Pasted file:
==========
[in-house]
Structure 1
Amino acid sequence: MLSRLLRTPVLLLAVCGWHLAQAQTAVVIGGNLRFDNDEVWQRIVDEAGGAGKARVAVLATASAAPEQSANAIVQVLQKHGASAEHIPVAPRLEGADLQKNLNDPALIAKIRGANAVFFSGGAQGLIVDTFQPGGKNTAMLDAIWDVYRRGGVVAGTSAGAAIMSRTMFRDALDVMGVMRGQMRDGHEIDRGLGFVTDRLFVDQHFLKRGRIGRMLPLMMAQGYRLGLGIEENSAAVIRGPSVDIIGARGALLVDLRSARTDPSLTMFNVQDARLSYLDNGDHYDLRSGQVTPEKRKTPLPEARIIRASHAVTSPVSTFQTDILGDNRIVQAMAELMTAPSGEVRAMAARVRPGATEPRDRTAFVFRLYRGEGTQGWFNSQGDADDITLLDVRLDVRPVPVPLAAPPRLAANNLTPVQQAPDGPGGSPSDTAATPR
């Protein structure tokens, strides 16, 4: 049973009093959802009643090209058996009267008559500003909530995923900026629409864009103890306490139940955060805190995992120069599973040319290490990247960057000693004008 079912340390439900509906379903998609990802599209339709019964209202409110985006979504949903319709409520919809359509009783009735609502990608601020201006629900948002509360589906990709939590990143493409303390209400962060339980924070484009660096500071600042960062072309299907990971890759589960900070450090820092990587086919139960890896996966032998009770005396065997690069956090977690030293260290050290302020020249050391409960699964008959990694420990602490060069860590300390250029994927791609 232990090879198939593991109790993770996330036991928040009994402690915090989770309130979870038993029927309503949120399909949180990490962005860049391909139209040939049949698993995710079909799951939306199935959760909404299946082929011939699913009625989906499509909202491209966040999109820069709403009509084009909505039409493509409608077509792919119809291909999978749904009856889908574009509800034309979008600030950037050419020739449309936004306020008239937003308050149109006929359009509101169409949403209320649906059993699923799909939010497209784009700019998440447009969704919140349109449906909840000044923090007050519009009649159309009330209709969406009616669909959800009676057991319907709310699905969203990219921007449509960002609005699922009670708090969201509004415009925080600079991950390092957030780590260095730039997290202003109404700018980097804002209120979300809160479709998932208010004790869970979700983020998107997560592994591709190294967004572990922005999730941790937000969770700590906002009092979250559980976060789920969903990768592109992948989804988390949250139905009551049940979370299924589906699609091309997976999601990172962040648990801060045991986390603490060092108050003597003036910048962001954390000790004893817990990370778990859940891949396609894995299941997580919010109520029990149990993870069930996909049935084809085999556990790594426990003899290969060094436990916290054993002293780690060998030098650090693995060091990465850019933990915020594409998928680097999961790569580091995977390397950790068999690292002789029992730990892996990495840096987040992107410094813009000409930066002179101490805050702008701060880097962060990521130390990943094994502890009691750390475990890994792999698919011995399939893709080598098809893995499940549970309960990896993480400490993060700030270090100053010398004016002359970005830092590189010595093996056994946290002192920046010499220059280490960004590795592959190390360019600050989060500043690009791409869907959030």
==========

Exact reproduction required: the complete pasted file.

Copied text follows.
[in-house]
Structure 1
Amino acid sequence: MLSRLLRTPVLLLAVCGWHLAQAQTAVVIGGNLRFDNDEVWQRIVDEAGGAGKARVAVLATASAAPEQSANAIVQVLQKHGASAEHIPVAPRLEGADLQKNLNDPALIAKIRGANAVFFSGGAQGLIVDTFQPGGKNTAMLDAIWDVYRRGGVVAGTSAGAAIMSRTMFRDALDVMGVMRGQMRDGHEIDRGLGFVTDRLFVDQHFLKRGRIGRMLPLMMAQGYRLGLGIEENSAAVIRGPSVDIIGARGALLVDLRSARTDPSLTMFNVQDARLSYLDNGDHYDLRSGQVTPEKRKTPLPEARIIRASHAVTSPVSTFQTDILGDNRIVQAMAELMTAPSGEVRAMAARVRPGATEPRDRTAFVFRLYRGEGTQGWFNSQGDADDITLLDVRLDVRPVPVPLAAPPRLAANNLTPVQQAPDGPGGSPSDTAATPR
């Protein structure tokens, strides 16, 4: 049973009093959802009643090209058996009267008559500003909530995923900026629409864009103890306490139940955060805190995992120069599973040319290490990247960057000693004008 079912340390439900509906379903998609990802599209339709019964209202409110985006979504949903319709409520919809359509009783009735609502990608601020201006629900948002509360589906990709939590990143493409303390209400962060339980924070484009660096500071600042960062072309299907990971890759589960900070450090820092990587086919139960890896996966032998009770005396065997690069956090977690030293260290050290302020020249050391409960699964008959990694420990602490060069860590300390250029994927791609 232990090879198939593991109790993770996330036991928040009994402690915090989770309130979870038993029927309503949120399909949180990490962005860049391909139209040939049949698993995710079909799951939306199935959760909404299946082929011939699913009625989906499509909202491209966040999109820069709403009509084009909505039409493509409608077509792919119809291909999978749904009856889908574009509800034309979008600030950037050419020739449309936004306020008239937003308050149109006929359009509101169409949403209320649906059993699923799909939010497209784009700019998440447009969704919140349109449906909840000044923090007050519009009649159309009330209709969406009616669909959800009676057991319907709310699905969203990219921007449509960002609005699922009670708090969201509004415009925080600079991950390092957030780590260095730039997290202003109404700018980097804002209120979300809160479709998932208010004790869970979700983020998107997560592994591709190294967004572990922005999730941790937000969770700590906002009092979250559980976060789920969903990768592109992948989804988390949250139905009551049940979370299924589906699609091309997976999601990172962040648990801060045991986390603490060092108050003597003036910048962001954390000790004893817990990370778990859940891949396609894995299941997580919010109520029990149990993870069930996909049935084809085999556990790594426990003899290969060094436990916290054993002293780690060998030098650090693995060091990465850019933990915020594409998928680097999961790569580091995977390397950790068999690292002789029992730990892996990495840096987040992107410094813009000409930066002179101490805050702008701060880097962060990521130390990943094994502890009691750390475990890994792999698919011995399939893709080598098809893995499940549970309960990896993480400490993060700030270090100053010398004016002359970005830092590189010595093996056994946290002192920046010499220059280490960004590795592959190390360019600050989060500043690009791409869907959030």